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Ave Maria – 19th Century Romantic Sacred Music from Menorca
Josep M. Pons MELIÀ (1882-1960)
Ave Maria [3:45]
Jaume Alaquer REYES (1785-1823)
Ingemisco [3:31]
Ramon CARNICER (1789-1855)
Sonata [5:12]
Benet Andreu PONS (1803-1881)
Docebo iniquos vias tuas [4:42]
Preludio [1:35]
Ego sum panis vivus [4:36]
Villancico [2:50]
Sacrificium Deo [3:14]
Joan Fuxà GELABERT (1819-1890)
Ave Verum [4:39]
Damià Andreu STIGES (1851-1935)
Bone Pastor [3:12]
Quoniam iniquitatem [4:42]
Panis Angelicus [2:16]
Gradual [2:50]
Lluís Sintes (baritone); Tomé Olives (organ)
rec. Church of Santa Maria de Maó, Menorca, 10 January 2008
COLUMNA MÚSICA 1CM0218
[47:02]
 

 

Experience Classicsonline


Not being an expert on 19th Century sacred music from Menorca I console myself with the fact that probably I am not alone in that particular failing.  This disc helps rectify this gap in my knowledge and is a record of a live concert given in the Church of Santa Maria de Maó on Menorca in 2008.  Greater documentary significance is added in that this is the church and indeed organ on which most of the composers represented worked and played. 

Sad to report, there are no lost masterpieces here.  Jaume Carbonell I Guberna in his succinct but informative liner-notes emphasises the influence of Italian operatic writing and this is undoubtedly true.  But even that goes little beyond the occasional Rossiniesque flourish or Bellini-ism.  I had to do a double-take over the range of the composer’s dates.  The earliest was born in 1785 and the latest died in 1960 but there is no possible way one could have surmised this from the sound of the music which all feels rooted around the early romantic period.  All is pleasant in rather nondescript manner.  One feels that rules of harmony and melody are being observed in a way to please the most reactionary of composition professors as well as a Church trying to distance itself from the secular excesses of a Verdian style requiem.  The main problem is that there is not a single moment in any of these compositions where one’s ears prick up with a memorable melodic phrase or apt word setting.  Without wishing to sound at all dismissive it is rather parochial. 

Clearly the audience enjoyed themselves.  They respond very warmly to the performances here which are given with great gusto by baritone Lluís Sintes and organist Tomé Olives.  Olives is following in the footsteps of the composers here by being the current incumbent organist of Santa Maria.  Achieving any kind of lifelike balance between a solo voice and a large organ is a thankless task but the engineers do pretty well.  Certainly Olives does not opt for registrations that gently enfold the voice – he has a marked preference for dramatic statements (try the very opening of the disc – no gently pleading Ave Maria this) but Sintes’ powerfully – albeit not always beautifully – projected baritone is able to ride the wave of sound.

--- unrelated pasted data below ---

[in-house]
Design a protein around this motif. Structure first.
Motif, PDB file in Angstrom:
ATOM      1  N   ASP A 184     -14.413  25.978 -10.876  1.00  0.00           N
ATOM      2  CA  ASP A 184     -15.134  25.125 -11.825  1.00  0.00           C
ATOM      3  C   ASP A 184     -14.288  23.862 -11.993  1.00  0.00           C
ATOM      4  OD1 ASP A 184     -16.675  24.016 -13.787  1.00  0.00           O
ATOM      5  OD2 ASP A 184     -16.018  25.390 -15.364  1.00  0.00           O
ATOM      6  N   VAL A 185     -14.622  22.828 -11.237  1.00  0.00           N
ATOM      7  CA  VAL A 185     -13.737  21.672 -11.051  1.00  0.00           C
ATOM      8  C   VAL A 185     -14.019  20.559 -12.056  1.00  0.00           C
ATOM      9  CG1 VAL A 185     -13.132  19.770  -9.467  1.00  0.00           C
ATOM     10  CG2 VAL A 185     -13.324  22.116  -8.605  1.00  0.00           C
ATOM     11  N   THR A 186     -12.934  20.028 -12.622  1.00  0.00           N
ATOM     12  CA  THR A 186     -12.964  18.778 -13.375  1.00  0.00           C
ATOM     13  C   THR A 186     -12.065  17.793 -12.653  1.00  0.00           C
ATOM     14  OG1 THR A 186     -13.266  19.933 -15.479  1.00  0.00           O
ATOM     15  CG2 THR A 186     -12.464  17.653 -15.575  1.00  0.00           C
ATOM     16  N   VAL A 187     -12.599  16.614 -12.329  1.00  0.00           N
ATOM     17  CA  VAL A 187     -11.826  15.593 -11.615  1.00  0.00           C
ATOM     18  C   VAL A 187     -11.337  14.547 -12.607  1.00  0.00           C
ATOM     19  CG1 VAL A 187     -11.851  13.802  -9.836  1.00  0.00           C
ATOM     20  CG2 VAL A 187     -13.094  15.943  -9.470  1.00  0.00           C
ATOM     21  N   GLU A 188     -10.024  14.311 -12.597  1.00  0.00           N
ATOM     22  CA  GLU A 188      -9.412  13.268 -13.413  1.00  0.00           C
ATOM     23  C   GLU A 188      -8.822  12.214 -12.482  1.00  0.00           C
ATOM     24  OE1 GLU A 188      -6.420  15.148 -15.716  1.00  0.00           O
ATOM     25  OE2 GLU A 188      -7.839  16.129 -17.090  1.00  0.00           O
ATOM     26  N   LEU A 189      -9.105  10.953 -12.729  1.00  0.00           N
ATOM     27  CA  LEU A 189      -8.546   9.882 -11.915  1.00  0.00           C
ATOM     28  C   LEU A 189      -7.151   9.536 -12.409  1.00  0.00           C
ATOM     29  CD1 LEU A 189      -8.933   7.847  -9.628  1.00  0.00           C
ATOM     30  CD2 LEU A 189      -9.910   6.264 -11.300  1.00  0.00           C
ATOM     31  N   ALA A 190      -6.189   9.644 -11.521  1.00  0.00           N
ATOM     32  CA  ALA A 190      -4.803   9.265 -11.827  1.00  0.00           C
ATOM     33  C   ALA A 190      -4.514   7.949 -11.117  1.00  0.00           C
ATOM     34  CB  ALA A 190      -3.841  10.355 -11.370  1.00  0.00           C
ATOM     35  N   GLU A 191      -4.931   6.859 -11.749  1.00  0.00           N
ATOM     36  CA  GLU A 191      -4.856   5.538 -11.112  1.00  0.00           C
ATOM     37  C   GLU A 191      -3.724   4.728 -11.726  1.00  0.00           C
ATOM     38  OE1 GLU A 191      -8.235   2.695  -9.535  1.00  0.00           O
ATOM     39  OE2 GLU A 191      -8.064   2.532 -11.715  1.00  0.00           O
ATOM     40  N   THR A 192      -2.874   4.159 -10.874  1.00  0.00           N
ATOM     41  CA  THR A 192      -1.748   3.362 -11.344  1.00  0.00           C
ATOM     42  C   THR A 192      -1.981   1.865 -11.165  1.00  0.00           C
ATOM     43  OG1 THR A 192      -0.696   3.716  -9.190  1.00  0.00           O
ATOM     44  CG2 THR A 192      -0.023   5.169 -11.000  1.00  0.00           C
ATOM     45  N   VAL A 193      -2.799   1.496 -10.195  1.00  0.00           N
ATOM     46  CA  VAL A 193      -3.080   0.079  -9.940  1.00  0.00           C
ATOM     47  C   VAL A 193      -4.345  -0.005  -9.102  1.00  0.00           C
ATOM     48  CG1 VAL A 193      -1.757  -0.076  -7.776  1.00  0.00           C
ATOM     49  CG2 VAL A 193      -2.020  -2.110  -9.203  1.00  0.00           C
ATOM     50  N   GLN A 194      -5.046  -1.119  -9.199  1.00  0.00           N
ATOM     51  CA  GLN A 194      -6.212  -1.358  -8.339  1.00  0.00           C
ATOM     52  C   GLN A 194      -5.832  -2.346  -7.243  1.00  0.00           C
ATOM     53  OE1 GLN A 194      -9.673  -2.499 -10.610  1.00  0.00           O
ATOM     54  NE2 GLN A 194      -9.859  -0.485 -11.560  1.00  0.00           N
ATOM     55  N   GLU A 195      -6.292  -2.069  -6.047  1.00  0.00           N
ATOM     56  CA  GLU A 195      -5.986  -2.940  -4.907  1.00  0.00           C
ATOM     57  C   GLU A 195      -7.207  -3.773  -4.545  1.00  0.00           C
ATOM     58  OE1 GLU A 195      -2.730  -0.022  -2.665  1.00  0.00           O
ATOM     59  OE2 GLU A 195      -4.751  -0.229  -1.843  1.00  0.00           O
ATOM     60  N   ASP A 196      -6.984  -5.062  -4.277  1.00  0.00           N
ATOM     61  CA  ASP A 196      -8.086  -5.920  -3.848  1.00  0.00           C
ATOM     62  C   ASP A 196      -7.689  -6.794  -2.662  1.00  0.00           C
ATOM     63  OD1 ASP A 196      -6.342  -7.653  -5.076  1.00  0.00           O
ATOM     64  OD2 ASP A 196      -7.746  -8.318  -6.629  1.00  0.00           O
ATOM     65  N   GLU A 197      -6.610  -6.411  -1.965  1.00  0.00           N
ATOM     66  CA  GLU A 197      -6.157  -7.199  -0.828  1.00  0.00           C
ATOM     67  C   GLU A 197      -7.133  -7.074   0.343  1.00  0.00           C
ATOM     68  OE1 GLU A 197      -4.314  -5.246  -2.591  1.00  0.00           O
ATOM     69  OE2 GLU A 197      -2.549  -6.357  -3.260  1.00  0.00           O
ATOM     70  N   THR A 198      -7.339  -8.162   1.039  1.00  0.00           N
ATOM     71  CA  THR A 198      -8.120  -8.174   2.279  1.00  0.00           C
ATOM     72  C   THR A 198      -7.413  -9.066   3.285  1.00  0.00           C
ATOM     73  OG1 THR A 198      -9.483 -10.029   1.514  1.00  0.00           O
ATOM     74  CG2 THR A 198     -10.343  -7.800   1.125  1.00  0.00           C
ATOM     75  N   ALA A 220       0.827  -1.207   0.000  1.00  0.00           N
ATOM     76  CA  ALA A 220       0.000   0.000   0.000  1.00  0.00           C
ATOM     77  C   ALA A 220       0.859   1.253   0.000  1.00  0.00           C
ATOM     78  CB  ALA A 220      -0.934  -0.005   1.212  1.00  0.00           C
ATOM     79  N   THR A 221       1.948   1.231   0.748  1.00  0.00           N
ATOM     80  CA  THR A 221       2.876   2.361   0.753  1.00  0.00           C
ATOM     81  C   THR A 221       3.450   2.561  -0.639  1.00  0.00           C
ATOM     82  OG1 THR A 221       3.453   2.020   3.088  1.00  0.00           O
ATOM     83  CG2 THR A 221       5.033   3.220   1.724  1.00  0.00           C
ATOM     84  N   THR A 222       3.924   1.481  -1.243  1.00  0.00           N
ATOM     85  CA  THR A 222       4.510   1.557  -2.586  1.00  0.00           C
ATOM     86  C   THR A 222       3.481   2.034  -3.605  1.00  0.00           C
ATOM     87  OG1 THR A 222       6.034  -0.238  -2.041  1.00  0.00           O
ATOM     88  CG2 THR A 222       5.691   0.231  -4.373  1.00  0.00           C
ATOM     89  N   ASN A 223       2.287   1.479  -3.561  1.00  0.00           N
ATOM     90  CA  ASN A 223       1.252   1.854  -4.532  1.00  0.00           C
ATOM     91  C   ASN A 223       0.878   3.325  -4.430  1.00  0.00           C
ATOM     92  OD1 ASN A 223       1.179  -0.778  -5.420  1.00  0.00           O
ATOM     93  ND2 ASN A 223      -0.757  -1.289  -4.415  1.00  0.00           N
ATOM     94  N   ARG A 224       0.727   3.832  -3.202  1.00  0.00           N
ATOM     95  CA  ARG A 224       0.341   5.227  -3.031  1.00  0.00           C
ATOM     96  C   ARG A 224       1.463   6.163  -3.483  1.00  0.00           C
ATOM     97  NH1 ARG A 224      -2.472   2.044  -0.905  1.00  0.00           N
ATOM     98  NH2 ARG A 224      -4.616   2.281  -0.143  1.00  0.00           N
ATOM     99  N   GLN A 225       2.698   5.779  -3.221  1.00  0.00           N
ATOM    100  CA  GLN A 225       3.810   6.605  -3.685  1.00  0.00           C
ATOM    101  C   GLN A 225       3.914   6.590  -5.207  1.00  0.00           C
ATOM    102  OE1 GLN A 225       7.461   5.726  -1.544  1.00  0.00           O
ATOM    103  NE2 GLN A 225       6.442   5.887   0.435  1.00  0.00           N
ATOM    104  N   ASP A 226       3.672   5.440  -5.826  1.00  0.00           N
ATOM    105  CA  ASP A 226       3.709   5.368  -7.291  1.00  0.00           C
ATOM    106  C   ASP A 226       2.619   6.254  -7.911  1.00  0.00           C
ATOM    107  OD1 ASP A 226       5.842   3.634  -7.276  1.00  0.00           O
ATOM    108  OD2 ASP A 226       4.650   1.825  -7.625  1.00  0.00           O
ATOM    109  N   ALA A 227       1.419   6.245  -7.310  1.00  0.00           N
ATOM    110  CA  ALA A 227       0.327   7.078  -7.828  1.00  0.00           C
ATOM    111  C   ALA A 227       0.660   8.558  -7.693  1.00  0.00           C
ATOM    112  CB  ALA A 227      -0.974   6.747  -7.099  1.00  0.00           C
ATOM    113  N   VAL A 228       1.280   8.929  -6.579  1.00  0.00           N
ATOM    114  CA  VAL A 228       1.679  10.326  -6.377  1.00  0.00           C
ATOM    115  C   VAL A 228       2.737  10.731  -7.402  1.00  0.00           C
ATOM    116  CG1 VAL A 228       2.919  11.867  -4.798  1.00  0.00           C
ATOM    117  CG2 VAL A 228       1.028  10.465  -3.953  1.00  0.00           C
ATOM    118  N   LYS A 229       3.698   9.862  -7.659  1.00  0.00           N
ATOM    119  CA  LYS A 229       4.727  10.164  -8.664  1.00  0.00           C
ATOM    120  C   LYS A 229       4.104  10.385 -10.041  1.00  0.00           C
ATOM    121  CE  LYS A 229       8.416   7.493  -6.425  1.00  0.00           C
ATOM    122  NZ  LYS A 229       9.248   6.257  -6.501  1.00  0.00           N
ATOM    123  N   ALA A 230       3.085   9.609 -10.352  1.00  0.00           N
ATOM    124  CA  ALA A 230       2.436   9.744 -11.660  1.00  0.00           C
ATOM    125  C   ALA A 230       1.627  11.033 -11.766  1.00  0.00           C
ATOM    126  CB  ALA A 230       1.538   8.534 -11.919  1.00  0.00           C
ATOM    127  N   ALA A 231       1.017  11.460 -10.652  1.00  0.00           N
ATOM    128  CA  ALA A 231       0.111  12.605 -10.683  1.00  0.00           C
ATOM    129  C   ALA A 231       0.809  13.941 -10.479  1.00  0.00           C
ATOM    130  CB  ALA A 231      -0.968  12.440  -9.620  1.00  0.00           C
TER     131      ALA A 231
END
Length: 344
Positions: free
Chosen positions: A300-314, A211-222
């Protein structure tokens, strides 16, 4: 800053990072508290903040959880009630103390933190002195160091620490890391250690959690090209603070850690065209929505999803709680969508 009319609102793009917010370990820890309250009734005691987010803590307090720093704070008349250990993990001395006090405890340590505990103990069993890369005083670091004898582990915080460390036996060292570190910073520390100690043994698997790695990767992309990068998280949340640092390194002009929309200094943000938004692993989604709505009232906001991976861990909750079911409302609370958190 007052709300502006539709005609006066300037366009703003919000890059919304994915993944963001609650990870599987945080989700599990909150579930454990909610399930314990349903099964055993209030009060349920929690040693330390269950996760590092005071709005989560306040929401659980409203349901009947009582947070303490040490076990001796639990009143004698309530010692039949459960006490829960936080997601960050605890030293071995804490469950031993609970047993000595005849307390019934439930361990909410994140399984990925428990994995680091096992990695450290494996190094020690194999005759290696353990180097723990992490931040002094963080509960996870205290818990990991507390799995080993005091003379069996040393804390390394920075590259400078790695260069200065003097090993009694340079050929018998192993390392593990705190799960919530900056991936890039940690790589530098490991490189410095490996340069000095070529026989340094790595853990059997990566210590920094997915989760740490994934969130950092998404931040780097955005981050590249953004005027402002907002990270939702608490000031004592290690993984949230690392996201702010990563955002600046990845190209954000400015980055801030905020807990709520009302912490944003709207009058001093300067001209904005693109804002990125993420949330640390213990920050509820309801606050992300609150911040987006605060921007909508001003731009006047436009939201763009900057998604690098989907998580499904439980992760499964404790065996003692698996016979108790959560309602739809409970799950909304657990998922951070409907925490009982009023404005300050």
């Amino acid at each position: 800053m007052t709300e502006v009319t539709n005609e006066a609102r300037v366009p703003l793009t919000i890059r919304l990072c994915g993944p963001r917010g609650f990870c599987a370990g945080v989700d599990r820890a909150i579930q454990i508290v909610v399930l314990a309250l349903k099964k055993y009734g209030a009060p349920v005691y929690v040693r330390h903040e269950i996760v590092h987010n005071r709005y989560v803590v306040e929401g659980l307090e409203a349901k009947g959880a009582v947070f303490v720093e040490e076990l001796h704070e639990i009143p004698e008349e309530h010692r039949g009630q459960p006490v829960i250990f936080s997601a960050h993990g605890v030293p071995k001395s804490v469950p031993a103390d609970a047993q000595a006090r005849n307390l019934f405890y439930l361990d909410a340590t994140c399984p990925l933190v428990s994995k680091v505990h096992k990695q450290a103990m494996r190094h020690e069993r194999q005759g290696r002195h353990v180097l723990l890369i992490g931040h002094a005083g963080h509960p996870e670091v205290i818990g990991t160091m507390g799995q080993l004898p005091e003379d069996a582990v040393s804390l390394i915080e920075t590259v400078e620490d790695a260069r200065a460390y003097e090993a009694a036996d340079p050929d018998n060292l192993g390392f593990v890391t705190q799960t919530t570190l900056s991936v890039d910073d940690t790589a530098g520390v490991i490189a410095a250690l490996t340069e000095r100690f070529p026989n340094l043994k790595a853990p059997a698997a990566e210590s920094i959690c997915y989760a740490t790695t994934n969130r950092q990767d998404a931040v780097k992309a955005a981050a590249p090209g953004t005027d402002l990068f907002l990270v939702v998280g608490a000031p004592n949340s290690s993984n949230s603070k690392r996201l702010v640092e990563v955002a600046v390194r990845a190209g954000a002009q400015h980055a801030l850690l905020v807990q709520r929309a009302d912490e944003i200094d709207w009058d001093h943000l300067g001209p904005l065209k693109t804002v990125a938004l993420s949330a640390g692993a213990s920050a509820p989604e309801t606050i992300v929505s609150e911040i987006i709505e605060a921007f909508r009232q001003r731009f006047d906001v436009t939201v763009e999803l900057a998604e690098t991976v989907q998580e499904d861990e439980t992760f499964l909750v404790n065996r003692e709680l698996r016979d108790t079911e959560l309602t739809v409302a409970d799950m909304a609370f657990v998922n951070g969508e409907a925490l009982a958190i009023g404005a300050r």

The liner-notes draw attention to the organ; “…[when it was built it was] an exceptional milestone in terms of dimension and quality……[and] is considered to be one of the finest in Europe and, indeed, the world”.  Quite a bold statement.  This has to be one of the most bizarre organs I have ever heard.  Olives seems to struggle with the action. Certainly the relative lack of responsiveness inhibits his ability to play some of the passage work as he might wish.  But it is the actual sounds it makes which stopped me in my tracks.  Listen to the passage 1:26 into track 2 – Ingemisco – it really does sound like the left hand and right hands are playing in different keys.  But that is nothing compared to the moment in track 3 Sonata when the carillon of bells appear.  The descent to the fairground is complete.  In the best tradition of such carillons they seem to have been tuned with no relation to the notes they nominally accompany.  I can only assume that the registration of these pieces calls for the bells here and that the composers wrote specifically for that stop on this particular organ.  If that is the case then the historical precedent is clear – it is just a shame it does not make for a more pleasurable listening experience.  The final track finished me off in every sense.  Stiges’ Gradual seems to have been written for some kind of trompette militaire stop.  Perhaps age has withered this particular part of the organ but now for all the world it sounds like a massed phalanx of outsized kazoos.  I suspect the aim was for something along the lines of Gigout’s Grand Choeur Dialogue – sadly this is not achieved.  Additionally, adjacent notes from this stop spring from opposite sides of the stereo picture adding another degree of manic absurdity to proceedings.  Yet, precisely because of the location and relevance of this instrument to the music being played it is hard to utterly dismiss it.  I suspect a major restoration is required.  

So, a disc of modest music, running to a miserly forty seven minutes, enthusiastically performed in idiomatic surroundings on the strangest church organ you might ever hear – make your own mind up, I really do not know! 

Nick Barnard


 
 


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